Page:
physical file (according to your preference). In Java, you have the
package construct. In Ada-like languages that's a module.
Thus, such graphs can be automatically generated. Make each such
language construct a node, and draw an arc between two modules if a
use (function call/data access) exists.
In the reverse direction, you may write such graphs in a formal
language, and a code generator can create skeleton code for your
modules. In a more complex setting, I would presume that you could
access this graph any time to view and edit in an IDE. Note: a
language that supports modules is better suited for this purpose.
No I'm not joking, posted 6 Aug 2001 at 16:36 UTC by Bram »
Encapsulation diagrams may be 'obvious', but -
- They're extremely useful. I get more out of them than all of UML
- They're very underused. Hopefully this article will help popularize
I didn't even mention UML. That's just crap from some bigots who think
they know how to program.
Things like UML might help you design a simple business transaction
system, but it won't take you anywhere when you're writing a compiler.
For that kind of design you need abstraction, not a religious devotion
to OO jargon&design. In good programming, there is no single winning
paradigm. That's why drawing graphs that contain only relevant
information is a good idea, though I can't say that I like the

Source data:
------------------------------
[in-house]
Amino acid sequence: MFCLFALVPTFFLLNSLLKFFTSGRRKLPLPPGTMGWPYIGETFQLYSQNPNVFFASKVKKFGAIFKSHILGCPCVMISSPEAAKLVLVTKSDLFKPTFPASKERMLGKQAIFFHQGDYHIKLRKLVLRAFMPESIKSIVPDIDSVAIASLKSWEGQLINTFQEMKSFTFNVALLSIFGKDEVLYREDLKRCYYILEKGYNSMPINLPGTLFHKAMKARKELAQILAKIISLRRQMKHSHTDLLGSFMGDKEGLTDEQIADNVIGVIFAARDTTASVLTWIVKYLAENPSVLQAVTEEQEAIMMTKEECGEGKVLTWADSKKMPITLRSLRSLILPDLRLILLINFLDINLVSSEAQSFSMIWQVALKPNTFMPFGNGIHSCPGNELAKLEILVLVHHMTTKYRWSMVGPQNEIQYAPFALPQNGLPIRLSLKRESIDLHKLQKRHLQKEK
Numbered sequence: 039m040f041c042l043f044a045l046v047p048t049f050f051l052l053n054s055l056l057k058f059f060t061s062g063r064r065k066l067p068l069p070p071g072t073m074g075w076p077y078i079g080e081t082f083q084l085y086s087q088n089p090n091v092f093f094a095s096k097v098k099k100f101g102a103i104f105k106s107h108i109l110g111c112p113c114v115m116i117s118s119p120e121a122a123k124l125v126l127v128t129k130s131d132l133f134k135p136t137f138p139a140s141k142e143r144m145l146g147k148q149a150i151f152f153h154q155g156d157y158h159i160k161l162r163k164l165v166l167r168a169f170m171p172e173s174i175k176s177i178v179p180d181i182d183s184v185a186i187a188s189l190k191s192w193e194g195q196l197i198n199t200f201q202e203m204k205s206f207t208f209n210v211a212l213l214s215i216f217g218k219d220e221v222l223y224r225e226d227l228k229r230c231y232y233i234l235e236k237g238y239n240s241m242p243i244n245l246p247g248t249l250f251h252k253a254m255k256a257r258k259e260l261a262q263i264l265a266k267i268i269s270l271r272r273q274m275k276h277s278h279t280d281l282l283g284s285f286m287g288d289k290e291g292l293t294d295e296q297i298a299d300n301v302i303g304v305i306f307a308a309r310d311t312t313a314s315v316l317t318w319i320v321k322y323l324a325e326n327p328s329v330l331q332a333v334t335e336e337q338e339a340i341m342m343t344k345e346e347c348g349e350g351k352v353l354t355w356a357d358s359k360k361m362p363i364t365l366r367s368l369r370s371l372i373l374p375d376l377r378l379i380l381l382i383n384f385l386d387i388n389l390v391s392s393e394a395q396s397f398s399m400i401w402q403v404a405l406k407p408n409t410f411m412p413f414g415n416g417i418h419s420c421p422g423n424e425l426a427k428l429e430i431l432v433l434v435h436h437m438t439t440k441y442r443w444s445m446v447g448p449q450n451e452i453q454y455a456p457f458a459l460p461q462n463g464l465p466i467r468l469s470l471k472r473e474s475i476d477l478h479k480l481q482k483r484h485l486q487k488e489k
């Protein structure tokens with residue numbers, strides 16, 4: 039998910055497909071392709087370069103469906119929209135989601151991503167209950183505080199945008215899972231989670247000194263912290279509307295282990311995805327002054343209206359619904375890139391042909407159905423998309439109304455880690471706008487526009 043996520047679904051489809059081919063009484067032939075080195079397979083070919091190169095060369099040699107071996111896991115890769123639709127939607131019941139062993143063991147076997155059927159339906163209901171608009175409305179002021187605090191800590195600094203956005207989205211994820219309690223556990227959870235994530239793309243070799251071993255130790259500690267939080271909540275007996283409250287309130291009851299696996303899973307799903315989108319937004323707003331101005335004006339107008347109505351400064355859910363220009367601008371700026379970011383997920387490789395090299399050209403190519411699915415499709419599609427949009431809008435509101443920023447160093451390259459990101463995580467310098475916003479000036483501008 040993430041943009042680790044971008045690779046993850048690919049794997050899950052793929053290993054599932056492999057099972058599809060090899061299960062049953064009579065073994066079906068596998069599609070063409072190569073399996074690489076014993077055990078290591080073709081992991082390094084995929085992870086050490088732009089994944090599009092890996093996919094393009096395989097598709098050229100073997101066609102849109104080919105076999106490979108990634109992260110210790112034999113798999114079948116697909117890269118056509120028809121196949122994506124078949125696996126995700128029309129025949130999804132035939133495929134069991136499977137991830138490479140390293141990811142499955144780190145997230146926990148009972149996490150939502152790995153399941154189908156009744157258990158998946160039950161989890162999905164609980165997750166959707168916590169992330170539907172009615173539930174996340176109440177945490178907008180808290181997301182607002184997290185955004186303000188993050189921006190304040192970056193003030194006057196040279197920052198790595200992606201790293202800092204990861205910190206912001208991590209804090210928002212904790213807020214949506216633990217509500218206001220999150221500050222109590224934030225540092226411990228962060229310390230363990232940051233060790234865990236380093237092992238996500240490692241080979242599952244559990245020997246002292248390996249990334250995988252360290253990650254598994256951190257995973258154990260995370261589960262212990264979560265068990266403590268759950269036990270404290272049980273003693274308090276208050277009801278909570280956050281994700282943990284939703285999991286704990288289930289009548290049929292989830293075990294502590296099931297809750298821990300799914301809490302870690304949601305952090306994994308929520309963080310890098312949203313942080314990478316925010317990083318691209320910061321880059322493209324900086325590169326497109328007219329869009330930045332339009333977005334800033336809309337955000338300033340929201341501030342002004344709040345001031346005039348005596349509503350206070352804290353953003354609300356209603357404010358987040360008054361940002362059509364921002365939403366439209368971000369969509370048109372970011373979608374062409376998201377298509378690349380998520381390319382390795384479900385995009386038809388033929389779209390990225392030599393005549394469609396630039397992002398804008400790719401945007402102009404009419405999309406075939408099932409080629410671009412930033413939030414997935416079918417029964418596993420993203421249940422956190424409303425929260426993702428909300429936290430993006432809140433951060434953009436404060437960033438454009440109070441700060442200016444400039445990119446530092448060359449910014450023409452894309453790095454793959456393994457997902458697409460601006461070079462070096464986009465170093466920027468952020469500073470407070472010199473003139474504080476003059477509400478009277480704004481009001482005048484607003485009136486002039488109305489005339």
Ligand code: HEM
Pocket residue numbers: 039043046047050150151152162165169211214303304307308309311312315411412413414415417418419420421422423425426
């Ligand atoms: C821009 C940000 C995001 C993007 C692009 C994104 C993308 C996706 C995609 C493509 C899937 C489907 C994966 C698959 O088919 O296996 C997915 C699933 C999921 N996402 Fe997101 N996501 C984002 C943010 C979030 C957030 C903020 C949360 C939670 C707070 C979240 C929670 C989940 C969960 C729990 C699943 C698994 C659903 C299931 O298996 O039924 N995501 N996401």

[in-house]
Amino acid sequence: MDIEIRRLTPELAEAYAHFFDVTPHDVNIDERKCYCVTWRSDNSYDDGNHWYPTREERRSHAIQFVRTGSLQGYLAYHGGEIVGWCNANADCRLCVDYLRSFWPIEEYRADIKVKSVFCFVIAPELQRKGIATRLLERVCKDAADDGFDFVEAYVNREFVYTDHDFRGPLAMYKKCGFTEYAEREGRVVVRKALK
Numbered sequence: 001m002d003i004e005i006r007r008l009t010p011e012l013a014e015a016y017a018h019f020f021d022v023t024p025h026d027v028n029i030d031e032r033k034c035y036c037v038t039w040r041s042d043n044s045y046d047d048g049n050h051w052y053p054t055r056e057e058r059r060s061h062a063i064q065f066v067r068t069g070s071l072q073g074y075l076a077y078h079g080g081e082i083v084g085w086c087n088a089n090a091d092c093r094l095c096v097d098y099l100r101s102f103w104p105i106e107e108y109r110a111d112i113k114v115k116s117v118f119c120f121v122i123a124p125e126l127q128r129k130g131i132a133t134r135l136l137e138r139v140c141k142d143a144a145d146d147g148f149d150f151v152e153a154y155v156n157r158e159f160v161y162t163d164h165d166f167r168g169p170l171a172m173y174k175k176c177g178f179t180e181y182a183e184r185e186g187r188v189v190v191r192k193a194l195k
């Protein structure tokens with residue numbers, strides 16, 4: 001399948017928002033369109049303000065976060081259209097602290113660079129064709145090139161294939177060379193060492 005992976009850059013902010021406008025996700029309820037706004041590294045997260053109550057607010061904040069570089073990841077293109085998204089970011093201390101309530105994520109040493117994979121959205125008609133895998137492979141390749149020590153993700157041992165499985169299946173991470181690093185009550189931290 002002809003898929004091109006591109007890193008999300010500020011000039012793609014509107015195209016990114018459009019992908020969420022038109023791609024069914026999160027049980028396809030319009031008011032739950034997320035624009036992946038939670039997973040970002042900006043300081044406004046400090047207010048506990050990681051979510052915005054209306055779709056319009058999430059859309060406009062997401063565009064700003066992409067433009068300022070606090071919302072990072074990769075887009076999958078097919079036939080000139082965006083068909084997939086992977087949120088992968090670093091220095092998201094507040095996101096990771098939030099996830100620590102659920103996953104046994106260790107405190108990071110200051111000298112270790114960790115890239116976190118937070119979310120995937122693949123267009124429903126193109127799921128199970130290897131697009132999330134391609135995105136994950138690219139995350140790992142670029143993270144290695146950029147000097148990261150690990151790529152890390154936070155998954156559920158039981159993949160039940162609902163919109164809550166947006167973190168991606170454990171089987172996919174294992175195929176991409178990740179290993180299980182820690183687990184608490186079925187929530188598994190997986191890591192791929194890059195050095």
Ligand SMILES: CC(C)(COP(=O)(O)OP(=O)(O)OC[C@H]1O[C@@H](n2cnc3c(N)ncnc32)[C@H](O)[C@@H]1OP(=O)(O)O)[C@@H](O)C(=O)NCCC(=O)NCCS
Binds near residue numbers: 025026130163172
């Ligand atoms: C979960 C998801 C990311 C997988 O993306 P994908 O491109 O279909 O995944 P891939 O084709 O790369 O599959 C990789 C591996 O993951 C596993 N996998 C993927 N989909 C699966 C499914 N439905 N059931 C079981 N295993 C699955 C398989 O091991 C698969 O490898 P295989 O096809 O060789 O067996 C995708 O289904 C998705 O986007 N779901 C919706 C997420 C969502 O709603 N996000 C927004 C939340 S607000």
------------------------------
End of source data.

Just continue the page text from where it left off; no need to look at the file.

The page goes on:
"encapsulation boundary diagram" name.
I'd better write some code and document them properly than to use
those stupid UML "computer aided software engineering" tools.
Those idiots who did UML even suggest using UML for kinds of modelling
other than software. They must be really really dumb. I've seen their
documents and the first thing they do is to try to convey UML in terms
of UML, claiming to give the semantics for UML. Hah, semantics doesn't
work like that. You can't use your formalism before you fully define
In cognitive sci./AI there are vastly superior studies on ontology
compared to the non-sense language of UML. A couple of people writing
crappy OO stuff for corporates can't punch a needle's hole in that
kind of research. It'd be like Britney Spears trying to imitate NIN. :P
I often do diagrams like this on paper for visualization, but for when
you need a computer version (documentation, etc) I often use the GNU
implementation of the Pic language. You can use groff to make postscript
directly and the output
looks beautiful---especially when you use a font like Helvetica, you can
achieve a visual style much like the Design Patterns book.
It's trivial to make and update diagrams with it (my example took
just a few minutes) and given the number of relative placement options
(i.e. put this thing down and to the left of that last thing etc) it
would probably not be hard to make Pic files automatically generated
from some other program.
I put a short example online here. This quickie
just reproduces the ASCII diagram you did above but on a GNU system you
can make PostScript from it directly (see comments in file) and then
include it in anything else. (TeX will allow somewhat better
integration, as GNU Pic has a TeX mode.)